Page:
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Women of summer: a look at the summer movie lineup (present, past, and future)

Date: August 7, 2013 | Posted By: Katie

Summer is always a time for big blockbuster movies. Summer 2013 has the typical action movies and the typical lack of women. Women go to movies just as much as men, yet we don’t have as many characters we can relate to.

The Present:

The Heat movie poster.

The Heat grossed $40 million at the box office in its opening weekend.

It’s no secret that this summer the movie theater screens are lacking women. The Heat (a buddy-cop movie with Sandra Bullock and Melissa McCarthy) may be the only movie out right now with female leads (and even has a female writer, Kate Dippold). (Another film that hasn’t done as well as The Heat but deserves some recognition for its female cast is, The Bling Ring.)

While it’s great to see women getting a chance to try this typically male-driven, buddy-cop genre, it’s not enough, and it puts a lot of pressure on The Heat. One movie isn’t expected to prove women are funny! And unfortunately, passing the Bechdel Test doesn’t always make a movie good.

Do we put more pressure on movies featuring women? Do movies starring women get judged more harshly than those starring men? And the time-old question: will men see movies about women’s lives in the same masses that women watch movies based on men’s stories?

We’ll let the numbers answer for us here because The Heat had an extremely successful opening weekend at the box office.

Women should have more than one choice when it comes to movies that relate to their own gender. Despite the lack of female leads this year, we shouldn’t neglect the awesome women in supporting roles right now. Mireille Enos plays Brad Pitt’s wife in the zombie flick World War Z, Pacific Rim has Rinko Kikuchi kicking butt, and Maggie Gyllenhaal plays a Secret Service Agent in White House Down.

The Past:

How well does this summer’s movie lineup compare to previous years? Well, some say the 90s were a time where movies showed real female relationships more strongly than in the past. You could say that third-wave feminism was just kicking in and making it to Hollywood.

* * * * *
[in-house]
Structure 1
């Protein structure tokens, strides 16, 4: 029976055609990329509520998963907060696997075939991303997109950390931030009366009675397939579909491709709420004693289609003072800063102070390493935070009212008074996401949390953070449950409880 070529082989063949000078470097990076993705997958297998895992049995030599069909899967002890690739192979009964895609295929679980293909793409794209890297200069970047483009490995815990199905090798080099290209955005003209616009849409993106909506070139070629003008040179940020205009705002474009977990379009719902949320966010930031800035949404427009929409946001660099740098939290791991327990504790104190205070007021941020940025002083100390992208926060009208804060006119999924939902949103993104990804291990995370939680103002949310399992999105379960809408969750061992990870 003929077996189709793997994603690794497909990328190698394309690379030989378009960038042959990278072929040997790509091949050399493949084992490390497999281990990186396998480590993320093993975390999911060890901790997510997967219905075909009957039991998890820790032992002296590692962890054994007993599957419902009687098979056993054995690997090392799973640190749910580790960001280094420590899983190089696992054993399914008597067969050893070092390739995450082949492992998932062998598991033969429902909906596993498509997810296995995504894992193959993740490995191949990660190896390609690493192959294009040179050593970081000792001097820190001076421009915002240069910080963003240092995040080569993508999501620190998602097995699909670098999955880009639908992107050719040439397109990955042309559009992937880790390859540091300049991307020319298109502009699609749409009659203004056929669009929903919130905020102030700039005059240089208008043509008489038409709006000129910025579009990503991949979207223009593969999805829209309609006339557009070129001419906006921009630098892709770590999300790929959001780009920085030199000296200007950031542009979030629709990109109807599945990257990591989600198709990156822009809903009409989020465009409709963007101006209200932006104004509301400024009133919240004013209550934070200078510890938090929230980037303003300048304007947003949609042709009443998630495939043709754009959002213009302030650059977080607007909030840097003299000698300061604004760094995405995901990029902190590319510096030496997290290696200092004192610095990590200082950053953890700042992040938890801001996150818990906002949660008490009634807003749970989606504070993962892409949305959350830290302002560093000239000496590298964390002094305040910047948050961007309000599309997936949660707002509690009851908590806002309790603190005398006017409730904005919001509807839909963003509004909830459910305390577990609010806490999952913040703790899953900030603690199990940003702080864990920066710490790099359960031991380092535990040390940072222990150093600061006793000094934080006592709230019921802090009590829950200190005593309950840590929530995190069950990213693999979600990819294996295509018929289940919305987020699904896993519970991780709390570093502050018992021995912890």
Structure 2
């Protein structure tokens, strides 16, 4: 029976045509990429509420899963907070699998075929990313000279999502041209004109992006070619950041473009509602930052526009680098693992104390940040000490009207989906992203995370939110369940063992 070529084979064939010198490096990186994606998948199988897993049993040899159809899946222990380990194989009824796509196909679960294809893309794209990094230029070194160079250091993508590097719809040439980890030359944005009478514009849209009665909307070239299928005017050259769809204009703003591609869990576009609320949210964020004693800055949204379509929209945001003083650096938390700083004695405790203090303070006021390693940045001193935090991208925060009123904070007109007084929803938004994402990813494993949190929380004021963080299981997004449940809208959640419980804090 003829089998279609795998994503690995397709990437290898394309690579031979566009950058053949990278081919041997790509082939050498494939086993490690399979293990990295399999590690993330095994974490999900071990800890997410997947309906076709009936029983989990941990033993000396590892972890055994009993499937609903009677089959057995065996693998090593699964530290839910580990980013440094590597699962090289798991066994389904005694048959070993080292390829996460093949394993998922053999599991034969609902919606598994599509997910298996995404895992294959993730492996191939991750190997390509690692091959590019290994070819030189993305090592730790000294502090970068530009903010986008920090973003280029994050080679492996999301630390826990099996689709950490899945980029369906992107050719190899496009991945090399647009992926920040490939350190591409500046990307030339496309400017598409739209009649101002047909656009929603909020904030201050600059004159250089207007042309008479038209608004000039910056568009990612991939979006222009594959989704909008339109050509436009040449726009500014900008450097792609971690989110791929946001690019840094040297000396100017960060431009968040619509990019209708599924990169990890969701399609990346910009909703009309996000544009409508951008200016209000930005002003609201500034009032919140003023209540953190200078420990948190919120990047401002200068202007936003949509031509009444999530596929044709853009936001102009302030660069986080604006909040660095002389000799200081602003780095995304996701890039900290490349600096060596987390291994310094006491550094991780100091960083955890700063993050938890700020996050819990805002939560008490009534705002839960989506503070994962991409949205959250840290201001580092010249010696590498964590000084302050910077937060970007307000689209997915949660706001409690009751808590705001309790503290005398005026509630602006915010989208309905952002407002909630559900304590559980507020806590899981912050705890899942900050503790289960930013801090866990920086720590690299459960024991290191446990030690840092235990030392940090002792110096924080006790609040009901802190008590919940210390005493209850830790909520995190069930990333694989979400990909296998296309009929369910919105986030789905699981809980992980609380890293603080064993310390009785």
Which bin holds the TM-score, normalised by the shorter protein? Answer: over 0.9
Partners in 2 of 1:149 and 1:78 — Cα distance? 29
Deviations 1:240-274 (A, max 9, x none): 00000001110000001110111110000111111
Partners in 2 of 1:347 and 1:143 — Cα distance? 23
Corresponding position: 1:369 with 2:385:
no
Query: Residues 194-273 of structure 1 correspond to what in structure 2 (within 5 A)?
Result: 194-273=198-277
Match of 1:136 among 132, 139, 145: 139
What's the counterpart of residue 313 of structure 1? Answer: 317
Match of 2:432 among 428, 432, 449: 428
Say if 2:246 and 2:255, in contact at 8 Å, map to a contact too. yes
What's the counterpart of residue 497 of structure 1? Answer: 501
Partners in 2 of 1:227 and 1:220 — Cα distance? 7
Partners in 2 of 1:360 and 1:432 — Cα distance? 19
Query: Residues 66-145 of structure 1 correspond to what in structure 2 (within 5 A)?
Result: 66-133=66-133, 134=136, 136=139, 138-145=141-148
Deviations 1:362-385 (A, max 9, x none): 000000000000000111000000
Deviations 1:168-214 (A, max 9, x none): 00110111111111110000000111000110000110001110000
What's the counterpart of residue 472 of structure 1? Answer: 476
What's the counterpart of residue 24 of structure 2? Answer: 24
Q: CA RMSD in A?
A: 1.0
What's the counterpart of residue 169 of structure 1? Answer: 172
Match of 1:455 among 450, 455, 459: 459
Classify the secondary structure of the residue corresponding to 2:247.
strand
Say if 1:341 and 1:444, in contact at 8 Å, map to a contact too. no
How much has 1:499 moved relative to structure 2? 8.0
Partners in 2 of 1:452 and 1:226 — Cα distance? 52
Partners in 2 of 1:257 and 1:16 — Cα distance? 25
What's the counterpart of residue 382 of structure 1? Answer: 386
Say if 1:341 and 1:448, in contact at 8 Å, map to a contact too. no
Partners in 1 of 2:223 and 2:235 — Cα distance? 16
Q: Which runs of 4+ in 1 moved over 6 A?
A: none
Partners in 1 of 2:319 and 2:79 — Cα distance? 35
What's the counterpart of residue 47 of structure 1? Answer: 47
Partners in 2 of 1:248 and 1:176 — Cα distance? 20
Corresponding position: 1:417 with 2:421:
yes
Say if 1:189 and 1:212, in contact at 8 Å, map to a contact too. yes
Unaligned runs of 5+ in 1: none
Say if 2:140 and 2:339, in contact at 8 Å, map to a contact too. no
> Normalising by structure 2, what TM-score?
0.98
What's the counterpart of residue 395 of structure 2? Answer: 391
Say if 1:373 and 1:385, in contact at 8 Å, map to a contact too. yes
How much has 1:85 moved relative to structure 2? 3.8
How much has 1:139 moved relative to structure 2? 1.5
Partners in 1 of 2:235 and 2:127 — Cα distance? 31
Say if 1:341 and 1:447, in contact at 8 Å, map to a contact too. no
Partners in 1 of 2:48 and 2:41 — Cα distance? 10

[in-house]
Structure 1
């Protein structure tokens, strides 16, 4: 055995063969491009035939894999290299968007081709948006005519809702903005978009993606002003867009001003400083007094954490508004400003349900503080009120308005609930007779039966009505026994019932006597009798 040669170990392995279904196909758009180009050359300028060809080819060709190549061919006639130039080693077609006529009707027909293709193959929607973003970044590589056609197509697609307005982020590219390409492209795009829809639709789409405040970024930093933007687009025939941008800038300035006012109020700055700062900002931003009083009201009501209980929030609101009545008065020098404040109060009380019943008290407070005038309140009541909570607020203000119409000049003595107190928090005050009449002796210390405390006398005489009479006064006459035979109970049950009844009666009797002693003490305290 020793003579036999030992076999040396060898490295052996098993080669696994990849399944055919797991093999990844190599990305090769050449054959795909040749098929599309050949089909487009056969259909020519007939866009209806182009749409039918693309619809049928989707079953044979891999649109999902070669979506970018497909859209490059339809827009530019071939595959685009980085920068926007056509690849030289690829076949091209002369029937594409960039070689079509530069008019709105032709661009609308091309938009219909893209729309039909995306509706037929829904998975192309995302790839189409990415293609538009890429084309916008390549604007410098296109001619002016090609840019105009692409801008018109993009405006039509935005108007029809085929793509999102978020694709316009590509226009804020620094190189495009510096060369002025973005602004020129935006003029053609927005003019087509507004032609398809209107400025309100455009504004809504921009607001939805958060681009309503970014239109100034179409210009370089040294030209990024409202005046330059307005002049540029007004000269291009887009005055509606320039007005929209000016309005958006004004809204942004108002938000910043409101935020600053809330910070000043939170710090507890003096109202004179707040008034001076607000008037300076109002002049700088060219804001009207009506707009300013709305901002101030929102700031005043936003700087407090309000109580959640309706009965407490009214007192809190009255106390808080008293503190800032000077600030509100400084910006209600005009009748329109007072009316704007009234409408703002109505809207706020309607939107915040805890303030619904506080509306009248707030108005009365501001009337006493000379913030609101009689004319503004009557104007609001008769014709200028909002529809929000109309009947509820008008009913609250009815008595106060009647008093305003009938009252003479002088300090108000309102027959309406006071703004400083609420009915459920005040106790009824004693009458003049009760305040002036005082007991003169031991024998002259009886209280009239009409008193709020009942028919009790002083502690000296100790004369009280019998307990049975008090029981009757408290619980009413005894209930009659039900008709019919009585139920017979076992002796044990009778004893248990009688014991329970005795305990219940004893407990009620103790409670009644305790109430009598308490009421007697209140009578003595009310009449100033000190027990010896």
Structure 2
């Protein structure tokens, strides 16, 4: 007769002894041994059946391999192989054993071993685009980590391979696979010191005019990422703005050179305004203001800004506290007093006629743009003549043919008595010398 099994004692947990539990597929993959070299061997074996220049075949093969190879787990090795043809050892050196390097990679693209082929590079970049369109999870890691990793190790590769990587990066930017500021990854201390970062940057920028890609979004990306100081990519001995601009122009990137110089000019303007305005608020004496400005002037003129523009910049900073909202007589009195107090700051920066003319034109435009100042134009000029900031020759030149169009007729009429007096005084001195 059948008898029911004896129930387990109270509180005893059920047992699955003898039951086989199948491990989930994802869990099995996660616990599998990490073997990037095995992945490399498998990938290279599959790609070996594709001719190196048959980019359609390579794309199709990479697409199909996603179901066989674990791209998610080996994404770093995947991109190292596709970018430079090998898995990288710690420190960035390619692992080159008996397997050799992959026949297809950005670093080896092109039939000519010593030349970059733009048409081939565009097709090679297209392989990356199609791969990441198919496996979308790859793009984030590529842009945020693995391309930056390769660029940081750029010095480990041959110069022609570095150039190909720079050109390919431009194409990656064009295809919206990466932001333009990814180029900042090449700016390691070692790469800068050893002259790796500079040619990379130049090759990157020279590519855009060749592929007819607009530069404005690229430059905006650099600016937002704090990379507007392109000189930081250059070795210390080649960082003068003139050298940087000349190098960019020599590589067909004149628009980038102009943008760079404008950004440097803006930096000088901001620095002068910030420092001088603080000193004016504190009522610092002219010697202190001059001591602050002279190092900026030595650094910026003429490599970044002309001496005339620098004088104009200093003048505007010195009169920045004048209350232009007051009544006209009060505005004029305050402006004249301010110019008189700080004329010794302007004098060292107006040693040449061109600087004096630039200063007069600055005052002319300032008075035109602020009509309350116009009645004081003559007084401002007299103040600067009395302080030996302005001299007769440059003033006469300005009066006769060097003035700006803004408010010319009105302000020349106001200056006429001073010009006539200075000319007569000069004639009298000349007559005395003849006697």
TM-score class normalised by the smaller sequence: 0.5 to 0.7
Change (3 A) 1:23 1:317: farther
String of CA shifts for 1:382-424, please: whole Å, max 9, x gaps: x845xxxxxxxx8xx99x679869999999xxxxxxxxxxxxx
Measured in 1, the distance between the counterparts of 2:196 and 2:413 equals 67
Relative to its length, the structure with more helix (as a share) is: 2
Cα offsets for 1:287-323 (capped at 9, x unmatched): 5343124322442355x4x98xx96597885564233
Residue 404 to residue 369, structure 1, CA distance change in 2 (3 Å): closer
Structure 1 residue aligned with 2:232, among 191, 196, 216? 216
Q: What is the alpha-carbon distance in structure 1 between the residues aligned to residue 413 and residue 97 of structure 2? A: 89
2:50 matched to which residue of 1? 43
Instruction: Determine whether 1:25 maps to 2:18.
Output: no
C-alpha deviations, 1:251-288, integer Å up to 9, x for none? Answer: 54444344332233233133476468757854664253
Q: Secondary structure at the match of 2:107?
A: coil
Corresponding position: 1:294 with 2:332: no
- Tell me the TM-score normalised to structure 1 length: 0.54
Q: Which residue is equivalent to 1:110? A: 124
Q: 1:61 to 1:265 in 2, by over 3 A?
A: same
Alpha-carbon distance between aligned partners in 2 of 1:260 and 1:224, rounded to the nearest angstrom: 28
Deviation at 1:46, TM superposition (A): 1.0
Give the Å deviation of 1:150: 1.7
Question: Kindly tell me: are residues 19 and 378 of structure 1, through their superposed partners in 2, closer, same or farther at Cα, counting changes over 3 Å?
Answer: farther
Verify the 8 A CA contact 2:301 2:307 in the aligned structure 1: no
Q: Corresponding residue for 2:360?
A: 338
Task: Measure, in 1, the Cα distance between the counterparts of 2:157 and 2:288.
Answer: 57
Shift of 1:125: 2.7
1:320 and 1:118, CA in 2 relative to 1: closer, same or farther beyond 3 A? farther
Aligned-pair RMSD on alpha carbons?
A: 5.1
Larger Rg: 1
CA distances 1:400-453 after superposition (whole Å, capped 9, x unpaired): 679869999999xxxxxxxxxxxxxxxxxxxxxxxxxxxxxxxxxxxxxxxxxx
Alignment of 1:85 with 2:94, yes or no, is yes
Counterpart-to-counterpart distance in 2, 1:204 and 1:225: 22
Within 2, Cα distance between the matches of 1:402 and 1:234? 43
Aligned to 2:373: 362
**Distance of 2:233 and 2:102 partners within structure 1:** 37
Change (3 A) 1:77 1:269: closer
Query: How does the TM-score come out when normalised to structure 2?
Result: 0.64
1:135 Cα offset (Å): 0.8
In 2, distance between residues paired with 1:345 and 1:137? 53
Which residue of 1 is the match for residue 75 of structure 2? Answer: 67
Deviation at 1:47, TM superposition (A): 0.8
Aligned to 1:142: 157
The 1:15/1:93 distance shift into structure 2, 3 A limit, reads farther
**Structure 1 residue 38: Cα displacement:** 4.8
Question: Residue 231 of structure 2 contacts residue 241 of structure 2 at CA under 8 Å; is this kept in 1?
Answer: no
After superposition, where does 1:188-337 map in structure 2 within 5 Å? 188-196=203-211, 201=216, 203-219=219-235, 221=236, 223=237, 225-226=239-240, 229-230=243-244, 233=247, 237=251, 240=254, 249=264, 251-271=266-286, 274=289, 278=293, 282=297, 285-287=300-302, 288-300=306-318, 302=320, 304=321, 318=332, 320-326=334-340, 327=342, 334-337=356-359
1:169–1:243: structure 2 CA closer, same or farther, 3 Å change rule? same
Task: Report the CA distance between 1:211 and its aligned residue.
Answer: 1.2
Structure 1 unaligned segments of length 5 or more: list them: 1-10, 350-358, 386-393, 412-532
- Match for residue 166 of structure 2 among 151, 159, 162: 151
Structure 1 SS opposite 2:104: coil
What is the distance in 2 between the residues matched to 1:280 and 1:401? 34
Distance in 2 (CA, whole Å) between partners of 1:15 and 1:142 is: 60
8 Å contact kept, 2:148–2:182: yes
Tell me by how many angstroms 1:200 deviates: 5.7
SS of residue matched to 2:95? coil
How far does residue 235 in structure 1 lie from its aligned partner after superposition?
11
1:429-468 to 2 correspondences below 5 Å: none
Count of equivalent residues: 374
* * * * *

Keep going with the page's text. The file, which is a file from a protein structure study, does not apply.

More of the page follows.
From hits like 10 Things I Hate About You, to Clueless, to Never Been Kissed, you may be longing for the 90s right about now.

Paul Feig, director of The Heat, urges fans to support funny women in this screen shot of a Tweet.

Paul Feig, director of The Heat, urges fans to support funny women.

Looking back to last year, summer 2012 had few female leads (exceptions included Snow White and the Huntsman, Brave, and a few more), but there were still a number of strong supporting roles. The highlight from summer 2011 was clearly Bridesmaids, but again, why only one awesome movie about women each summer?

The Future:

While we’d like to think that women are making strides in Hollywood, it’s not always the truth. We may even be at a five-year low, which is a complete waste! Let’s hope that we see more women making their way to the spotlight on the big screen, telling diverse and complex stories of their lives.

While it’s hard to predict what summer 2014 will look like, there are surely enough action movies scheduled out, with a few women-focused films here and there (Wizard of Oz movie about Dorothy and the Fifty Shades of Grey adaptation). Fall 2013 doesn’t have too many female standouts either, but the next Hunger Games is something to look forward to!

What movies are you looking forward to seeing this summer, this fall, or even next summer?

Katie Boyer is a writer at heart who works in marketing at Goodreads and lives in Oakland, CA. She spends her free time watching movies, reading, writing, bicycling, and playing with her pet rabbit.




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2 Responses to Women of summer: a look at the summer movie lineup (present, past, and future)

  1. jenjennijennifer on 08-07-2013

    The Heat is a really funny, good movie that I thoroughly enjoyed, even as a feminist who critiques media all the time. I thought the representation of the women's relationship (not really friendly, but they grew to respect each other) was realistic. Not all women are friends with each other! It was a "buddy cop" movie translated to two women as the main characters, but it was more.

    I credit the director, Paul Feig, who directed Bridesmaids and created the TV show Freaks & Geeks, for his feminist entertainment philosophy.
  2. Reply
    • Katie on 08-14-2013

      Great to hear such good things about The Heat!

      Definitely helps to have directors like Paul Feig too :)
    • Reply